It is hardly news that seven Labour MPs are leaving the Party or their proclaimed reasons.
The reasons they give are shallow but not without any substance. The Party has not got to grips with left antisemitism and its failure to be clear in opposing Brexit has lost it a great many opportunities to blast this, the worst Tory government ever.
But these aren’t the real reasons why the ‘Gang of the Seven’ are quitting.
The real reasons are these.
Every one of the Seven came into politics as New Labour advocates. Their tutor was Tony Blair. His aim was to systematically reduce the voice of what he saw as a troublesome labour movement, in particular the trade unions.
Blair acquired that view from Thatcher. He wanted to end the hope, continually expressed in that labour movement, that workers should have a political voice and that voice should be in control of government.
Chris Leslie’s statement today that Labour’s current advocacy of class politics is his reason for leaving is the most honest and accurate of them all.
Blair and these ‘centrists’ are not ‘Red Tories’. Those words are no more than swear words which gained currency in response to the destructive actions of some of the seven and others during 2015-17. But the phrase itself makes little sense.
They are not ideological Tories and bear little resemblance to May and her hard right dominated Tory Party. But neither are they ‘Red’ in any sense.
What they all share is a supersized sense of entitlement common to the team-Blair crew. They see themselves as “the professionals” – principles to them are secondary. So despite being a long way from the current Tory Party, they nevertheless want a job. And the jobs market does not look good for them.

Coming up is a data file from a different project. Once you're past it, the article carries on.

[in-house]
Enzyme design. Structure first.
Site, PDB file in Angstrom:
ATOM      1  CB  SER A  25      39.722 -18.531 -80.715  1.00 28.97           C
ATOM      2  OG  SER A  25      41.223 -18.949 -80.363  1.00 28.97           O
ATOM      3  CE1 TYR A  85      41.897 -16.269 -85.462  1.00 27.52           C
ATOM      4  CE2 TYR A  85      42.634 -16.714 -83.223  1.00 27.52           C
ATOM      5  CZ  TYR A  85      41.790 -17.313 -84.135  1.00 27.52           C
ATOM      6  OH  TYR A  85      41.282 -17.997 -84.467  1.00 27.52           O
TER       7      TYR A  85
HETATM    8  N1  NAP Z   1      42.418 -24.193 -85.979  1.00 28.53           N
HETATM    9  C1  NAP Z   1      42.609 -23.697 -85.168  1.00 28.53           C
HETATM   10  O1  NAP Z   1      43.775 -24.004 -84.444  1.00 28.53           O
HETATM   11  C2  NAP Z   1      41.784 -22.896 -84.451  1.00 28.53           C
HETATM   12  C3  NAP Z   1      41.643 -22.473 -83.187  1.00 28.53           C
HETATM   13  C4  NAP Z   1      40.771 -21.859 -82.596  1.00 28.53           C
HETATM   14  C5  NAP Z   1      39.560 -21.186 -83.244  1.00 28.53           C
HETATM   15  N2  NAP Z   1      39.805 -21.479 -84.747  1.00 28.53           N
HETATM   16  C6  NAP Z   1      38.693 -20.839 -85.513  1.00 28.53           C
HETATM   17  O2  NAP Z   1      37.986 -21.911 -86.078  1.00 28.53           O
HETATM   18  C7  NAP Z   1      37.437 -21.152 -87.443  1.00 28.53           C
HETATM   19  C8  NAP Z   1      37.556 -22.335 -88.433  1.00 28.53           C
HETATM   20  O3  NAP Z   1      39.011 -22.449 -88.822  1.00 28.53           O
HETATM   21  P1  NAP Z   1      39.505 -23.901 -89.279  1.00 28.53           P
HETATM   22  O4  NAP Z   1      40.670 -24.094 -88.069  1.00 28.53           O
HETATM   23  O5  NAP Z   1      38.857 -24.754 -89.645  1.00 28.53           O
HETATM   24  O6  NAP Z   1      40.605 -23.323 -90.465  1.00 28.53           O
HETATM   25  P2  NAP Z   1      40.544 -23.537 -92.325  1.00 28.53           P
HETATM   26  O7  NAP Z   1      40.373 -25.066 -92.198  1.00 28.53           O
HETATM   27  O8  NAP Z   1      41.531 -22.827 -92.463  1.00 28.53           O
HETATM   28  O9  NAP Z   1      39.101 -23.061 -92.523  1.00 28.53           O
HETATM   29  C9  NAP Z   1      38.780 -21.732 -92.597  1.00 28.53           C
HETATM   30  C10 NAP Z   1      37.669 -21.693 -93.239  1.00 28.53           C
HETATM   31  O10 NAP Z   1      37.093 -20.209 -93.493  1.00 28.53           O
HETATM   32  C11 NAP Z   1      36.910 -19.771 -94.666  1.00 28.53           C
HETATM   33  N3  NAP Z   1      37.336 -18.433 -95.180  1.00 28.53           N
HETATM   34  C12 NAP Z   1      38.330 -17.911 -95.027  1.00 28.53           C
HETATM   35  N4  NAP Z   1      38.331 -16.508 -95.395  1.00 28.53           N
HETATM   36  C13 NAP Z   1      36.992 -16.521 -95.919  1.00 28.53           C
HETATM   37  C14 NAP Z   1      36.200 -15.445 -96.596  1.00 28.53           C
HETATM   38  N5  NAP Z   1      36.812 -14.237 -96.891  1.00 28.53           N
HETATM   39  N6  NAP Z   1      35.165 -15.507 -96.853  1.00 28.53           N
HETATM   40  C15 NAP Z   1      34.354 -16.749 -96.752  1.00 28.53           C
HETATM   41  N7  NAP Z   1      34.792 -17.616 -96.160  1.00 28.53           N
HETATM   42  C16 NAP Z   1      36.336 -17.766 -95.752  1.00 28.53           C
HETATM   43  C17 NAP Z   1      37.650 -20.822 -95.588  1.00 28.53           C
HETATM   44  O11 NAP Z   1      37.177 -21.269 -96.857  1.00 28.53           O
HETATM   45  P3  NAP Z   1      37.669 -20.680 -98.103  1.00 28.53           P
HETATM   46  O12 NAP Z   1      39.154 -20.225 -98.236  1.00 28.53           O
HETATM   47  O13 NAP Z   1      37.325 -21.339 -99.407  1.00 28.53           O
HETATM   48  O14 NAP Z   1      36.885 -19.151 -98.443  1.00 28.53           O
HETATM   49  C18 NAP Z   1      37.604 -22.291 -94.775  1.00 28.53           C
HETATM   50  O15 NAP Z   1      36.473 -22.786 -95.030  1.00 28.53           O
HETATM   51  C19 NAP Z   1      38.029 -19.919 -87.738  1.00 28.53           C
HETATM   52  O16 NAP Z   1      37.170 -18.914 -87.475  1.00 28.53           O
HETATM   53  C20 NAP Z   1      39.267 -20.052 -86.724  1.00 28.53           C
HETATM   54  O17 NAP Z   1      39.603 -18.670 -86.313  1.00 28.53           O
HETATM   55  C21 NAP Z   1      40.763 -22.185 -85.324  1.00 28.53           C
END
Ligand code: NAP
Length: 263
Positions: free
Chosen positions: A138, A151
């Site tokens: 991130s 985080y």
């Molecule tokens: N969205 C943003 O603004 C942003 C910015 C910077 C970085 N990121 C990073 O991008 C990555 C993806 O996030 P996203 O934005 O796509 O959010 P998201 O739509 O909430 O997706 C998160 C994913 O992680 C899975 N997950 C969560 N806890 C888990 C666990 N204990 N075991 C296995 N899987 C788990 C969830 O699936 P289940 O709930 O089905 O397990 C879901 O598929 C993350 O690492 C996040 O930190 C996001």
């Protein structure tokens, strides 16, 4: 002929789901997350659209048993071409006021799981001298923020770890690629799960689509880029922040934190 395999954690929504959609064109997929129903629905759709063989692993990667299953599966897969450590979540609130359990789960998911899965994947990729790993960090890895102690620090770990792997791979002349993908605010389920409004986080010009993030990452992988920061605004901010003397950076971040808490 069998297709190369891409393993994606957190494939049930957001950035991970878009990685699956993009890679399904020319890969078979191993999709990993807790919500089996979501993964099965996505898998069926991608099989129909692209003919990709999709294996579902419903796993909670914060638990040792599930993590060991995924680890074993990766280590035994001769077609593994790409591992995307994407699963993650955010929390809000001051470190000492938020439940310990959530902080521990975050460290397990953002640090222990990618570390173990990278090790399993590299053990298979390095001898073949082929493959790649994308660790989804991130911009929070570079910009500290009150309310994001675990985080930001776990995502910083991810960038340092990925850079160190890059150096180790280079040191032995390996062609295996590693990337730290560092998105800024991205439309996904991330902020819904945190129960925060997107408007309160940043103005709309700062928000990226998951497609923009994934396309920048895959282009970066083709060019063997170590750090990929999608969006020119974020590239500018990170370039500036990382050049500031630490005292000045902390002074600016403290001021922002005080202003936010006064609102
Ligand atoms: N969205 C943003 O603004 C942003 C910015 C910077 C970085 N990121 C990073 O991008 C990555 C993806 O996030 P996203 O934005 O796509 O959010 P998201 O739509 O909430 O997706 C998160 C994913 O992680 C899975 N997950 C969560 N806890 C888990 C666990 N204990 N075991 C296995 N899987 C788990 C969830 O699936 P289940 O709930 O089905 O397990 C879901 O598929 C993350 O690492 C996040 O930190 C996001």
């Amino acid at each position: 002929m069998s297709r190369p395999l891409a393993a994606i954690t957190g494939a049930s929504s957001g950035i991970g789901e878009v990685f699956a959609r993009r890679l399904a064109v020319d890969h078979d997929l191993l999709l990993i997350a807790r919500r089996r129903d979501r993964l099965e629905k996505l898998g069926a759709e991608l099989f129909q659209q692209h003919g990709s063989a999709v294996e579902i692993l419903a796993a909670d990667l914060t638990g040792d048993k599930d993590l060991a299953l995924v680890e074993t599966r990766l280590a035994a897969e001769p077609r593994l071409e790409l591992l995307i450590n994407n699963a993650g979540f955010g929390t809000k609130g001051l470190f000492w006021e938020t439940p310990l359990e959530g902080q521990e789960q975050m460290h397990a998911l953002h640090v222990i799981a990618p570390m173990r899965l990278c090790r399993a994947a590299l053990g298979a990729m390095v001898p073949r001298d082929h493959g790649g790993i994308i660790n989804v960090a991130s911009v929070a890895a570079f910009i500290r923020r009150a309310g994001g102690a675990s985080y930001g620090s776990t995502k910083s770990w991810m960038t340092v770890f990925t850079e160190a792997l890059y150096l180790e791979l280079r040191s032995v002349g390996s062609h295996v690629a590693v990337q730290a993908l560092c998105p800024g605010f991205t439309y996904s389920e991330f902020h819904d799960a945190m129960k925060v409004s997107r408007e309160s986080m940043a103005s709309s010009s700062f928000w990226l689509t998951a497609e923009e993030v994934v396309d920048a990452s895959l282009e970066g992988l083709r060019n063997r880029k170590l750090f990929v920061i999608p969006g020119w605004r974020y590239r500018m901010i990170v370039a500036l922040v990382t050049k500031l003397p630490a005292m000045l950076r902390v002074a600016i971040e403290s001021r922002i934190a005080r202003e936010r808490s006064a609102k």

They are currently probably liberals. They believe that workers should be ruled over by the interests of capitalism but that it should be a humane and decent rule.
They realise now that Blair’s project has been irrevocably lost. And that is why they have been talking about going for so long.
Why have they gone now?
Ironically the issue they thought was their winning card – opposition to Brexit – has divided them from their former close Blairite allies Kinnock and Flint.
The lack of principle implicit to Blairism has taken the Blairites different ways.
But another blow they have suffered is that opposition to Brexit is no longer their exclusive call. Thankfully parts of the left have now taken that battle away from them. We have relocated it in working class internationalism rather then the business globalization of Blair.
Opposition to Brexit can no longer be used as the primary fake weapon to revive Blairism.
Consequently it should no longer be used to stymie debate in the Party Those who try to reduce the argument in support of Brexit to one of ‘are you for Jeremy or for Blair?’ will need to find some better arguments.
For that we should be thankful